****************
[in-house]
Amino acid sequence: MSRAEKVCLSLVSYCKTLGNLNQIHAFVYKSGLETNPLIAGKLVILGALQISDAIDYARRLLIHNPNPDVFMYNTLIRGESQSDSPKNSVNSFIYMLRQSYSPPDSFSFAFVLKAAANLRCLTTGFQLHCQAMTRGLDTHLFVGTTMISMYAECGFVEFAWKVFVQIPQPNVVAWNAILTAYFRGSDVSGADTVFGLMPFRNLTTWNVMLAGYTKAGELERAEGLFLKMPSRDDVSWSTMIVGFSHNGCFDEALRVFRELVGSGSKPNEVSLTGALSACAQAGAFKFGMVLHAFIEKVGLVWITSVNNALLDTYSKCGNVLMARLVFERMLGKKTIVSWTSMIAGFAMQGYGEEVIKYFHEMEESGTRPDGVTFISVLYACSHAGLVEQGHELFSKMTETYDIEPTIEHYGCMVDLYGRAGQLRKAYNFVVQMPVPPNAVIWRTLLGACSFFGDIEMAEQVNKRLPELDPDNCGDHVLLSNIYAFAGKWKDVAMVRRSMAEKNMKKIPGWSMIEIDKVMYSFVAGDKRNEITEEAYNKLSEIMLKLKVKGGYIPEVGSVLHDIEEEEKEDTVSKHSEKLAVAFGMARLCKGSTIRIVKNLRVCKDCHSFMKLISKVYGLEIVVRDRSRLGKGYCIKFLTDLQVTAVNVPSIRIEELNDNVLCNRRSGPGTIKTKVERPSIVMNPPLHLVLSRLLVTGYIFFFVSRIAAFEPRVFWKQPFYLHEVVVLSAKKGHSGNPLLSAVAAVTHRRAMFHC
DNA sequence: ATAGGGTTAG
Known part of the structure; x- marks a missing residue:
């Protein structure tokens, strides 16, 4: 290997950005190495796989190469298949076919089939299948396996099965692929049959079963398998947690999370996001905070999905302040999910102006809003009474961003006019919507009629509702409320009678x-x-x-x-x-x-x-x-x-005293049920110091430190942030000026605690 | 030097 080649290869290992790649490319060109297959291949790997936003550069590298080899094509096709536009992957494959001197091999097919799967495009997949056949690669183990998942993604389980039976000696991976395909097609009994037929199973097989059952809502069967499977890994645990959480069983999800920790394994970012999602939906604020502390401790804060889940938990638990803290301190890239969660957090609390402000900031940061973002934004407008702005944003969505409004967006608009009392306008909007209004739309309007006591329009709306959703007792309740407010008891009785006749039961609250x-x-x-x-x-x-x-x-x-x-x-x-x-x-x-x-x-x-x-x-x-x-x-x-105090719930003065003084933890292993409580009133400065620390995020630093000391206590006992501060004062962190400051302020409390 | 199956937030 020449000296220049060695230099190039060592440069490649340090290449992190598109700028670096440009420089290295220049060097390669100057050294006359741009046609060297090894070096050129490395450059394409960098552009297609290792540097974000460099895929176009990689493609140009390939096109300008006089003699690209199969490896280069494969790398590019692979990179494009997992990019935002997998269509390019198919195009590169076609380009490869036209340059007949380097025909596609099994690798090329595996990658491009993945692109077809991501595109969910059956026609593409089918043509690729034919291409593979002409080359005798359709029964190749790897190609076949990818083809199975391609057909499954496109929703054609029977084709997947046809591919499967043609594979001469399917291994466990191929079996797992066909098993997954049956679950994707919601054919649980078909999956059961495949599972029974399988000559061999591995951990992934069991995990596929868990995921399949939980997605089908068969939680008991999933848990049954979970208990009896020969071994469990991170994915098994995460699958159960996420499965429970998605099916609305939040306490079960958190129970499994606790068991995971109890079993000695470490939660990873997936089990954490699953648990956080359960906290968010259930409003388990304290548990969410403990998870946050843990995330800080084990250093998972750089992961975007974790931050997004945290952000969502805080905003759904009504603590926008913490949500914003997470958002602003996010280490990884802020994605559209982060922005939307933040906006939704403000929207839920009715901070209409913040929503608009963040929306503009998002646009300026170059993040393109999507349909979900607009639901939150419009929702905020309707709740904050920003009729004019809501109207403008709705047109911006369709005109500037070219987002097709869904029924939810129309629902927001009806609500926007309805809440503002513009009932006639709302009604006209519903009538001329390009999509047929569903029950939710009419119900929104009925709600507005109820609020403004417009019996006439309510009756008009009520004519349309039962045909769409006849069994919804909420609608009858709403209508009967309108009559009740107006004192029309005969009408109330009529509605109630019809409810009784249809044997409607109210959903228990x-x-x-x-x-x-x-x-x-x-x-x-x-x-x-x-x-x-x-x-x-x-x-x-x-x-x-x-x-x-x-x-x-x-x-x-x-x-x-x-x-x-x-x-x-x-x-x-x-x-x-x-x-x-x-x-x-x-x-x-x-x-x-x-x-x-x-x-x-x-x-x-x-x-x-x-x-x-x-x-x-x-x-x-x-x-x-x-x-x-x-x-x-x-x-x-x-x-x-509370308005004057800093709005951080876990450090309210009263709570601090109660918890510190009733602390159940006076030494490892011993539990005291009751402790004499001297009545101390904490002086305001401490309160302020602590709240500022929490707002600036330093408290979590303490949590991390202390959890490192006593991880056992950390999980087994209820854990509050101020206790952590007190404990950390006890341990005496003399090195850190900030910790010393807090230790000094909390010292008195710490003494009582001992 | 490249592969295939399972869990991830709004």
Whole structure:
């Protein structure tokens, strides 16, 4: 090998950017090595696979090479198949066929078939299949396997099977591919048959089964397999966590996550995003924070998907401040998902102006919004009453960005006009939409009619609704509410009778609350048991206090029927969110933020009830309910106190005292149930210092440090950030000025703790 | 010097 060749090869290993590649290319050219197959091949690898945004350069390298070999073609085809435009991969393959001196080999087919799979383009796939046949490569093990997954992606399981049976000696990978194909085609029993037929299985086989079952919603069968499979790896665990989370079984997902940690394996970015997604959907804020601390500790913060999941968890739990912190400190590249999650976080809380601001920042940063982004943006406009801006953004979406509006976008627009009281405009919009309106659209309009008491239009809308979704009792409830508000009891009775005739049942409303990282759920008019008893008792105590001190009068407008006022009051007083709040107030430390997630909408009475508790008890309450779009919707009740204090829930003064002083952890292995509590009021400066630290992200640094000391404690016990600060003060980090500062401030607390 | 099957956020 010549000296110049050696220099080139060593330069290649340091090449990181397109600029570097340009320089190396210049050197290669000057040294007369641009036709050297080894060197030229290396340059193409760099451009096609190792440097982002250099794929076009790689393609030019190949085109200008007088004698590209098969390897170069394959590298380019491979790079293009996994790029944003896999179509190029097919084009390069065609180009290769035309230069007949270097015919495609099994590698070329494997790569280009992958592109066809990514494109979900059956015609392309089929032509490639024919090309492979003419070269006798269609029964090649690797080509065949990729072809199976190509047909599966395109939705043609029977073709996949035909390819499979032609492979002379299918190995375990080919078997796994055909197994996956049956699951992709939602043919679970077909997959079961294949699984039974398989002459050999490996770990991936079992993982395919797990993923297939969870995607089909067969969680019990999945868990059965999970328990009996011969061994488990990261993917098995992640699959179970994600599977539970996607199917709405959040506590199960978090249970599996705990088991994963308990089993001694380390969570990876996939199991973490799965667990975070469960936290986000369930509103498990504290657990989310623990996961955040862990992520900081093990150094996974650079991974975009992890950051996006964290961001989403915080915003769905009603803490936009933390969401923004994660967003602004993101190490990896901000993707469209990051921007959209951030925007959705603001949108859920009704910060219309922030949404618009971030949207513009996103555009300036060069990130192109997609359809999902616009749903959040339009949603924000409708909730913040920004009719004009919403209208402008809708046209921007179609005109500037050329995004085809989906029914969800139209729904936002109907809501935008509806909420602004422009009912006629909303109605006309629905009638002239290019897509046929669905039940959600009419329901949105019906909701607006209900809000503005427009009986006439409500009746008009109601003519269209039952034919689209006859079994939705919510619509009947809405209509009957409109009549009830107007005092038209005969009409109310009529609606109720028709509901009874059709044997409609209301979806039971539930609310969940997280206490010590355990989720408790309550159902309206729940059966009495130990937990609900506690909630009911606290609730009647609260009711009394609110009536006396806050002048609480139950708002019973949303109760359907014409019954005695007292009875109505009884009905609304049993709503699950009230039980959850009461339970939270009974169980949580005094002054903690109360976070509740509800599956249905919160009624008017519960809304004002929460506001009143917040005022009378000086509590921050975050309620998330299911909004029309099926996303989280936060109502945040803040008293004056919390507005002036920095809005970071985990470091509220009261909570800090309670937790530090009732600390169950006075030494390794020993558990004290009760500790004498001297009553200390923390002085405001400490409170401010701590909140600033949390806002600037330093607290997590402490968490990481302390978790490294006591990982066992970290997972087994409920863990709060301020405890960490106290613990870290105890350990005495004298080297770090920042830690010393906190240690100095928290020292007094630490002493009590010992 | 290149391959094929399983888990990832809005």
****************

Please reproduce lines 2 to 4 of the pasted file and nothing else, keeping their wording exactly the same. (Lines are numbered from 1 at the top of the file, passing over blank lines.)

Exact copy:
Amino acid sequence: MSRAEKVCLSLVSYCKTLGNLNQIHAFVYKSGLETNPLIAGKLVILGALQISDAIDYARRLLIHNPNPDVFMYNTLIRGESQSDSPKNSVNSFIYMLRQSYSPPDSFSFAFVLKAAANLRCLTTGFQLHCQAMTRGLDTHLFVGTTMISMYAECGFVEFAWKVFVQIPQPNVVAWNAILTAYFRGSDVSGADTVFGLMPFRNLTTWNVMLAGYTKAGELERAEGLFLKMPSRDDVSWSTMIVGFSHNGCFDEALRVFRELVGSGSKPNEVSLTGALSACAQAGAFKFGMVLHAFIEKVGLVWITSVNNALLDTYSKCGNVLMARLVFERMLGKKTIVSWTSMIAGFAMQGYGEEVIKYFHEMEESGTRPDGVTFISVLYACSHAGLVEQGHELFSKMTETYDIEPTIEHYGCMVDLYGRAGQLRKAYNFVVQMPVPPNAVIWRTLLGACSFFGDIEMAEQVNKRLPELDPDNCGDHVLLSNIYAFAGKWKDVAMVRRSMAEKNMKKIPGWSMIEIDKVMYSFVAGDKRNEITEEAYNKLSEIMLKLKVKGGYIPEVGSVLHDIEEEEKEDTVSKHSEKLAVAFGMARLCKGSTIRIVKNLRVCKDCHSFMKLISKVYGLEIVVRDRSRLGKGYCIKFLTDLQVTAVNVPSIRIEELNDNVLCNRRSGPGTIKTKVERPSIVMNPPLHLVLSRLLVTGYIFFFVSRIAAFEPRVFWKQPFYLHEVVVLSAKKGHSGNPLLSAVAAVTHRRAMFHC
DNA sequence: ATAGGGTTAG
Known part of the structure; x- marks a missing residue: